How Being a Codependent Parent Can Hurt Your Addicted Child

The love that you have for your child is often unparalleled to any other form of love that you have ever experienced. However, when your love takes the form of codependent behavior, you are not only negatively impacting yourself, but your child as well.

Codependency can be extremely dangerous, as it forces reliance on another person rather than on yourself. Many parents who experience codependency do so as a result of their child’s illness or addiction.

Negative Effects of Codependency on Your Child

When your child has a drug or alcohol addiction, you might not know how to give them the life you always dreamed for them. You try to do what your parental instincts tell you to instead.

Oftentimes, however, listening to this instinct can cause you to enable your child’s addiction rather than help them get sober through needed addiction treatment. Some of the many examples of how this codependency can cause negative effects that enable your child’s drug or alcohol addiction include the following:

Codependency is just like an addiction, as you might constantly feel the need to feed your codependent needs with your child by doing things such as giving them money, covering for their mistakes, and standing down in fear of losing them.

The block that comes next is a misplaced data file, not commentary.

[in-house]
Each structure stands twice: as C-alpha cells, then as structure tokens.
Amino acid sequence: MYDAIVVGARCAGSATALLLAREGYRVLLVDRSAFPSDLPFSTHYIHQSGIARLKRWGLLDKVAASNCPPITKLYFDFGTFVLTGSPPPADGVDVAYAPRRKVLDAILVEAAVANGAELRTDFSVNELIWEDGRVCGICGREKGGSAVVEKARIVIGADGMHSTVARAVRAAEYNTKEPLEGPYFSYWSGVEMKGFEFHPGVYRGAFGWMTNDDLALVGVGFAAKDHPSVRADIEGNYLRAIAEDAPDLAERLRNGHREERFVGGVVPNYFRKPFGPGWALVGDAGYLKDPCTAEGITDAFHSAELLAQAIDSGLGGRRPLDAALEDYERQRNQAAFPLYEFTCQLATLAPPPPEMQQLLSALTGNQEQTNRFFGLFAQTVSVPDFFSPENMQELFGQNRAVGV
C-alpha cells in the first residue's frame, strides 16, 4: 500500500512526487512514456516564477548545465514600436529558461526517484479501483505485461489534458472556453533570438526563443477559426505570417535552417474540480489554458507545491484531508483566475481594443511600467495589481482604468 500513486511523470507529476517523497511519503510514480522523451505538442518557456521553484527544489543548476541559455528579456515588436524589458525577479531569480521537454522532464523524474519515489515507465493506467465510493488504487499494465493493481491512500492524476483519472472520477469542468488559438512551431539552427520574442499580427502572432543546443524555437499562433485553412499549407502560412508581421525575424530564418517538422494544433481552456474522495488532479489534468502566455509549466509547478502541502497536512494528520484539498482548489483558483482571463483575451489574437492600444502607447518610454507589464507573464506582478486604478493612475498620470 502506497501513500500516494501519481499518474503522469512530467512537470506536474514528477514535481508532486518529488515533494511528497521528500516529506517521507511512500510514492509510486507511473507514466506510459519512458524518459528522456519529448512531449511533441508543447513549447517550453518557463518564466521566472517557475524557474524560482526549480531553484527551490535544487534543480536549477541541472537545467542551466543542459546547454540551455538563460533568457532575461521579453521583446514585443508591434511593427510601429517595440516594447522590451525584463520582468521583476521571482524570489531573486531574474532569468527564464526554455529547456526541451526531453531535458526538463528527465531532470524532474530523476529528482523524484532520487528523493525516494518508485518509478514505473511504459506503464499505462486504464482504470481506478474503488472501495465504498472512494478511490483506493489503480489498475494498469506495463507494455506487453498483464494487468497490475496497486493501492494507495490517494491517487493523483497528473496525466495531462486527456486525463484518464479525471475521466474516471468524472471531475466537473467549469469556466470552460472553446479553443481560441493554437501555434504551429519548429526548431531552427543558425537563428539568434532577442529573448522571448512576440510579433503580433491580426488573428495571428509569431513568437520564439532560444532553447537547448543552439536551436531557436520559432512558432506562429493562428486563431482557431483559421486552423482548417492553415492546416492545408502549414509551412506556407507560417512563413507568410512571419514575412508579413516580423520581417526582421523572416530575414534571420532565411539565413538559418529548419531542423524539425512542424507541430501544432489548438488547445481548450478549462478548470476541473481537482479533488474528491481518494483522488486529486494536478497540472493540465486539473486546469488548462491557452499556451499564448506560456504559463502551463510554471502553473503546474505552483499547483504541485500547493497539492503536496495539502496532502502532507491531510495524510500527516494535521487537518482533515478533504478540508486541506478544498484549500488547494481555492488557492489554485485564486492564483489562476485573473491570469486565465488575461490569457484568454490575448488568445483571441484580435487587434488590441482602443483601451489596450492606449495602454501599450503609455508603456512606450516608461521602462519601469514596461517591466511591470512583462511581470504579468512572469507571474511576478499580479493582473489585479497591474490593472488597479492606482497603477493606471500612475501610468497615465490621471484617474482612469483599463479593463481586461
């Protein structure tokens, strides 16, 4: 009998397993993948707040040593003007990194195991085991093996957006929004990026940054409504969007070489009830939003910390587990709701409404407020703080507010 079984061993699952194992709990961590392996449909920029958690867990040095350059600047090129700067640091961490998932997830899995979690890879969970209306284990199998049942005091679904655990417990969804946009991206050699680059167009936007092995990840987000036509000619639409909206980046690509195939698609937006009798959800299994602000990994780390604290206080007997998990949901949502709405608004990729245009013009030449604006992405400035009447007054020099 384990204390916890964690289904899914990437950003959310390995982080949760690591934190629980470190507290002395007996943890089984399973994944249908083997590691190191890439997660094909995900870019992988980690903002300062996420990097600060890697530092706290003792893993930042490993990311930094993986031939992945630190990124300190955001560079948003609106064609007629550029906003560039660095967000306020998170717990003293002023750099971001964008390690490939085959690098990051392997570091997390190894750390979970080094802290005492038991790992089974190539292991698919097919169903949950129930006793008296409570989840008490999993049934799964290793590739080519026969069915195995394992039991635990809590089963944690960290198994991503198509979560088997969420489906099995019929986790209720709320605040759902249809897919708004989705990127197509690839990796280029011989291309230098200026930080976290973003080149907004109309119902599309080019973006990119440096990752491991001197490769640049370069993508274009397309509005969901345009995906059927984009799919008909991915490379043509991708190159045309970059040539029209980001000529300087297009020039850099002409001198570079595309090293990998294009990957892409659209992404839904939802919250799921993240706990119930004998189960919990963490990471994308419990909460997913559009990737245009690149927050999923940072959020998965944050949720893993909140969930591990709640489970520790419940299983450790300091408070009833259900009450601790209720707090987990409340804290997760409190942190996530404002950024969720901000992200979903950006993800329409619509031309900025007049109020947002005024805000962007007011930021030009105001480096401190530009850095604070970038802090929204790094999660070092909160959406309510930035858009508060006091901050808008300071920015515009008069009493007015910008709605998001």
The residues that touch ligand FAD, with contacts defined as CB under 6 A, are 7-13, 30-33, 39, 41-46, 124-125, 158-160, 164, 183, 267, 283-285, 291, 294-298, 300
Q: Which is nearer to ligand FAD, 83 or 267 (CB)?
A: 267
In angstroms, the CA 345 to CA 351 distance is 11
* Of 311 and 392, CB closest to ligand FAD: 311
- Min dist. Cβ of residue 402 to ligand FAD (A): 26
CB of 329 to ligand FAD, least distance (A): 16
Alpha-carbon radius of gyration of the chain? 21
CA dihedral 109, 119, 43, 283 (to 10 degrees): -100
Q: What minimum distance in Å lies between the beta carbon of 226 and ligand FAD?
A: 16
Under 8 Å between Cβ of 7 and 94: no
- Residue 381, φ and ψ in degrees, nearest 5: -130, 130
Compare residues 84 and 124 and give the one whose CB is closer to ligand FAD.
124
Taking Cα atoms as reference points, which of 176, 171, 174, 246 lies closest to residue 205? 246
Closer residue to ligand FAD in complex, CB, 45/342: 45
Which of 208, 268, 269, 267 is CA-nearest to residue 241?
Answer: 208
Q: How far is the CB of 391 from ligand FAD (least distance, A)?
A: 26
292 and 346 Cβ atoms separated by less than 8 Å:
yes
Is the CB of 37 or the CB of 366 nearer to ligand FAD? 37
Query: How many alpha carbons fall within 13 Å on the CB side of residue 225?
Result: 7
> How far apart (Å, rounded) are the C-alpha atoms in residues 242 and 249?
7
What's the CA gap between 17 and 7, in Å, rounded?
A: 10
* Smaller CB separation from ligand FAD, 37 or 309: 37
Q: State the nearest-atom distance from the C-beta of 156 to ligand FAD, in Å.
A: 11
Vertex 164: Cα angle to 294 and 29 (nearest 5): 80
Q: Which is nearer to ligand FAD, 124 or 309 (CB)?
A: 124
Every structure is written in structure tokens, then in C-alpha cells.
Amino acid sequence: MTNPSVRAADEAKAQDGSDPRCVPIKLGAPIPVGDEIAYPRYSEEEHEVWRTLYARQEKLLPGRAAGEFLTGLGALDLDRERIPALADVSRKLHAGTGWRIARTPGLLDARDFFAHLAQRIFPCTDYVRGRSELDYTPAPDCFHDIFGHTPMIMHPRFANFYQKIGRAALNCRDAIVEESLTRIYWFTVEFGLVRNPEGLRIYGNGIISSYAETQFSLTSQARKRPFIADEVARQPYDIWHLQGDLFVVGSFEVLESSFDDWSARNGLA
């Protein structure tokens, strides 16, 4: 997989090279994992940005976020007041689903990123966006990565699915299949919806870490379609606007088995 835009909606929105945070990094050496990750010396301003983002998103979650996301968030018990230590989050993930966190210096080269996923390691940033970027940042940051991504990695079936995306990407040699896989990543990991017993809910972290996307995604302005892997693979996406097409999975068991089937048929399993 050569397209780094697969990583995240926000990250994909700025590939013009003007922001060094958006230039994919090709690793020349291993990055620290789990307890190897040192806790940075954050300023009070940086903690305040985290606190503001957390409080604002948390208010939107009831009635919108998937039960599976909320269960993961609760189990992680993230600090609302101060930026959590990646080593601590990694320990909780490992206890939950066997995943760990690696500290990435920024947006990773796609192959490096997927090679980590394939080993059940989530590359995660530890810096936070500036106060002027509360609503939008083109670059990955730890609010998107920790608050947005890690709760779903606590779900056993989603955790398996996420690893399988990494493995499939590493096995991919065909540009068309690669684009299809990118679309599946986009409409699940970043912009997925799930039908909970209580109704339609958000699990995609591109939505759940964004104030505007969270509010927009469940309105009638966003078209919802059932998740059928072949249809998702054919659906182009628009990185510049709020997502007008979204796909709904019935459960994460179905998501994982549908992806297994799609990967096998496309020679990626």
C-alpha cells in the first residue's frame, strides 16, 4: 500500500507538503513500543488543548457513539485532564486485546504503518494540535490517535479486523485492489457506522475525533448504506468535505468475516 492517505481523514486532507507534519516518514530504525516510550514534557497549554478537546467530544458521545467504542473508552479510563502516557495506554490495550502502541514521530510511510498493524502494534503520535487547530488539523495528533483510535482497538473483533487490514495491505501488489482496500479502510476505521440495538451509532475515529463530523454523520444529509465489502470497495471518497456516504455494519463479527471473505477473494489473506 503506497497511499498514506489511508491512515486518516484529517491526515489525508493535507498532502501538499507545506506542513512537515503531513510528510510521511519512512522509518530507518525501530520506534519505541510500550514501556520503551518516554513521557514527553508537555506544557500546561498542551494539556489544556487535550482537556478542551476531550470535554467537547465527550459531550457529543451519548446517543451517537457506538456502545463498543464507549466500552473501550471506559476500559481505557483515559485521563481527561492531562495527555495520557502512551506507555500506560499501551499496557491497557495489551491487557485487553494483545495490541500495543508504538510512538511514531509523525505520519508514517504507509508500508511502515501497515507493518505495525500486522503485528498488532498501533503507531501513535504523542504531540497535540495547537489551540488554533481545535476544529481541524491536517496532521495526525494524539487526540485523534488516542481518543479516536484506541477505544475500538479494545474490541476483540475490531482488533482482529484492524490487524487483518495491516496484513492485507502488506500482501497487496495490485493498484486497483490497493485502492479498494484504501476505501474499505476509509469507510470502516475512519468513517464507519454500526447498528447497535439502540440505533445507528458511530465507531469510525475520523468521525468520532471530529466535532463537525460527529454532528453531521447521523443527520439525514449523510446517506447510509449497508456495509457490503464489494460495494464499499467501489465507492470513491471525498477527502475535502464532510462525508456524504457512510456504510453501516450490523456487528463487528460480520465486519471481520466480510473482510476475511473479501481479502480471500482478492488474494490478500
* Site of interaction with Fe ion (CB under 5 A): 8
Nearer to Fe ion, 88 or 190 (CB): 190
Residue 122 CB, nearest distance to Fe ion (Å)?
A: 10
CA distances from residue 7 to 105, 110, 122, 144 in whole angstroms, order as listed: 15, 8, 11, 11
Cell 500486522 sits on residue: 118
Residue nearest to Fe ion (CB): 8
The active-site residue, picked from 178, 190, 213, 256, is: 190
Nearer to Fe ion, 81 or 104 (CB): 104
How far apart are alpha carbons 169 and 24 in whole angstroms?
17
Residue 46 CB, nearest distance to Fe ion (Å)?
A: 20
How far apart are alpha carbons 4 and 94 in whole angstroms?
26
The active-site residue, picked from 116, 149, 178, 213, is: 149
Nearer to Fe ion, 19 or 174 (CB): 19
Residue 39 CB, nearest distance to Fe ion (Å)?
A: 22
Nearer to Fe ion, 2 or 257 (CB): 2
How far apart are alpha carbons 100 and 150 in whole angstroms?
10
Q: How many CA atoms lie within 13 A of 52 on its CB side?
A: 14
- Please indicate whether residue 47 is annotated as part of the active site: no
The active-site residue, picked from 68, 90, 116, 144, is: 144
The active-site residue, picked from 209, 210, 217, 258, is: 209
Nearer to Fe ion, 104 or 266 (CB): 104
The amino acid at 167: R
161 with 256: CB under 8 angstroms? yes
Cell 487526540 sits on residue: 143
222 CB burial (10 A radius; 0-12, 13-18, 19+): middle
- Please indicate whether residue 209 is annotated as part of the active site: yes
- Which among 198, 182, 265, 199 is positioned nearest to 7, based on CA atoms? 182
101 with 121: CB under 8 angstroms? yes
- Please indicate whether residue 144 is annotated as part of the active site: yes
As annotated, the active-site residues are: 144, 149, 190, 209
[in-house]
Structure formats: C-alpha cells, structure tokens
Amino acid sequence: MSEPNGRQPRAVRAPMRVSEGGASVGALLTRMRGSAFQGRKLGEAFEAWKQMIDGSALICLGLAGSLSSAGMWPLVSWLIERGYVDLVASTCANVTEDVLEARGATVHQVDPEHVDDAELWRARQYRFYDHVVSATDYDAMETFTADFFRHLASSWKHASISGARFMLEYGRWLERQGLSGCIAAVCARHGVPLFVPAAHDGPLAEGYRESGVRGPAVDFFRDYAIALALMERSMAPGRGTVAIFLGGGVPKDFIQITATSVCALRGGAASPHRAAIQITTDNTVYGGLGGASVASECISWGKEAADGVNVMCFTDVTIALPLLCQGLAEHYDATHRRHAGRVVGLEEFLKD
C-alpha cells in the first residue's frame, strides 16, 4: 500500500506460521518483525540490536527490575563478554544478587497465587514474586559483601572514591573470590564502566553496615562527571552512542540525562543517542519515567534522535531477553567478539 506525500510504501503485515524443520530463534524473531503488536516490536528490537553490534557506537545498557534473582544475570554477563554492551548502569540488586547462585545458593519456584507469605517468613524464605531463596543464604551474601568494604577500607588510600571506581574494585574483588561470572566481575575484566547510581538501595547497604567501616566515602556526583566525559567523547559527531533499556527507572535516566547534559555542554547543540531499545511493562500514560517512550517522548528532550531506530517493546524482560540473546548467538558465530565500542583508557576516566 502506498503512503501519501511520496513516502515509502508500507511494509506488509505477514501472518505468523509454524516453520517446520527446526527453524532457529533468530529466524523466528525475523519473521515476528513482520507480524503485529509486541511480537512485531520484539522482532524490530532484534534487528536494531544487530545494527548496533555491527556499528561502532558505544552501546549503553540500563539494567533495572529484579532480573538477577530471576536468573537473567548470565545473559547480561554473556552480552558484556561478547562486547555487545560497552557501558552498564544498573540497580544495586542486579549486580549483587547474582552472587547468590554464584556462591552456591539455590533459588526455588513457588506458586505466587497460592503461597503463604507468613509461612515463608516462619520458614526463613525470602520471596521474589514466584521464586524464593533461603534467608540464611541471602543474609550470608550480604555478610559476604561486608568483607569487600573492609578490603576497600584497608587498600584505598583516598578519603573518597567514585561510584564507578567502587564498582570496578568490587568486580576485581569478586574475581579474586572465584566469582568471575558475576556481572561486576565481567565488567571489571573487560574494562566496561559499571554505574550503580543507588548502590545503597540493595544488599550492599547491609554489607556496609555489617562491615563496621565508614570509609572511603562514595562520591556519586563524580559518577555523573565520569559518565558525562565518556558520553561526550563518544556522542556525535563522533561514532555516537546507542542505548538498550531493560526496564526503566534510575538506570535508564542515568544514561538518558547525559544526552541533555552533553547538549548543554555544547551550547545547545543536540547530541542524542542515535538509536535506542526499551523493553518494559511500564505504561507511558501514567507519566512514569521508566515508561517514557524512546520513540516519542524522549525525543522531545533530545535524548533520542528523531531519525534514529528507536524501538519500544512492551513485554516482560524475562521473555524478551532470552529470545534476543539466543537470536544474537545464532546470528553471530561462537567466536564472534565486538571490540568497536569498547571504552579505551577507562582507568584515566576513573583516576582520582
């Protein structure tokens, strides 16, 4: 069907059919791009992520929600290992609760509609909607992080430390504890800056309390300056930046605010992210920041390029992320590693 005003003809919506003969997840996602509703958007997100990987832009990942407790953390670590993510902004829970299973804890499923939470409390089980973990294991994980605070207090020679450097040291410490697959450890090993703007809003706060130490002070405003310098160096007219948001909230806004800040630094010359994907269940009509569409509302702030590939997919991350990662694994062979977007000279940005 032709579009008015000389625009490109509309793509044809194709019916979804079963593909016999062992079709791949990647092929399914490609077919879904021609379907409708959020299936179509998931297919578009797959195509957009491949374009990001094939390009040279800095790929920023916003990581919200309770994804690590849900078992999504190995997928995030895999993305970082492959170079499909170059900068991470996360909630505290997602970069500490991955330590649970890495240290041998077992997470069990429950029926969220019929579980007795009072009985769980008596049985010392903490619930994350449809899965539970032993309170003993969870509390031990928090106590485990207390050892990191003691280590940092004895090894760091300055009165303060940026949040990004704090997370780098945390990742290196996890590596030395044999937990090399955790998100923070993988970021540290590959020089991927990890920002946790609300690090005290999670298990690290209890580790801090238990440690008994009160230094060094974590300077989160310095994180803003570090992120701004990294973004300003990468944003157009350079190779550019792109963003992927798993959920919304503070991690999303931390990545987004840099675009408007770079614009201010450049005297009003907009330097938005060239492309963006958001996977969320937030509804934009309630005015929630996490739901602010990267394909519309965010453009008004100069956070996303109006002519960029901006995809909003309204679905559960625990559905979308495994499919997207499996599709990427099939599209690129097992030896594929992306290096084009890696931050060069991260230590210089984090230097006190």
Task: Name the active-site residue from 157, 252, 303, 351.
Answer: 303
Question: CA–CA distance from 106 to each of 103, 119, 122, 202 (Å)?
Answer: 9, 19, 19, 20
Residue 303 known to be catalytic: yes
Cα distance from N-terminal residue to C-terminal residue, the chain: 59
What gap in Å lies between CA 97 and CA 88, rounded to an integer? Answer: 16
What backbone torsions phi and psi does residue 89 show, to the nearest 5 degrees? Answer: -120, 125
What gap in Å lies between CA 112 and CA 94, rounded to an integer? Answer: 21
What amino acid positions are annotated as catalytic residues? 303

Codependency Treatment for You

If you are struggling with codependent behaviors that are enabling your child to continue in their drug or alcohol addiction, then finding codependency treatment for yourself can be an excellent option.

In treatment for codependency, you can learn how to cope with your impulses to please your child, as well as begin working on new ways to show your child love without encouraging their addiction. Once you put an end to your own codependent behaviors, you will be in a better position to help your child getting needed addiction treatment.

Darlene Lancer, LMFT says:

Thank you for this important post. Codependent parenting and enabling can stand in the way of his or her maturity and recovery from addiction. Sometimes, a child receives treatment, but unless parents stop enabling, the child relapses. You may like two articles on this subject on my blog. One on enabling: http://www.whatiscodependency.com/are-you-an-enabler-and-what-you-can-do-about-it/
and one on codependent parenting that lists 7 essentials for good parenting: http://www.whatiscodependency.com/are-you-a-codependent-parent/
Darlene Lancer, MFT

Holli says:

This is an interesting article. My husband is a co-dependent parent but the problem is that he thinks that letting his kid hit rock bottom is “old school” and he keeps enabling this kid. I would think that many co-dependent parents are in a lot of denial and unwilling to get help. It seems like a sickness and my husband is NOT present in my marriage.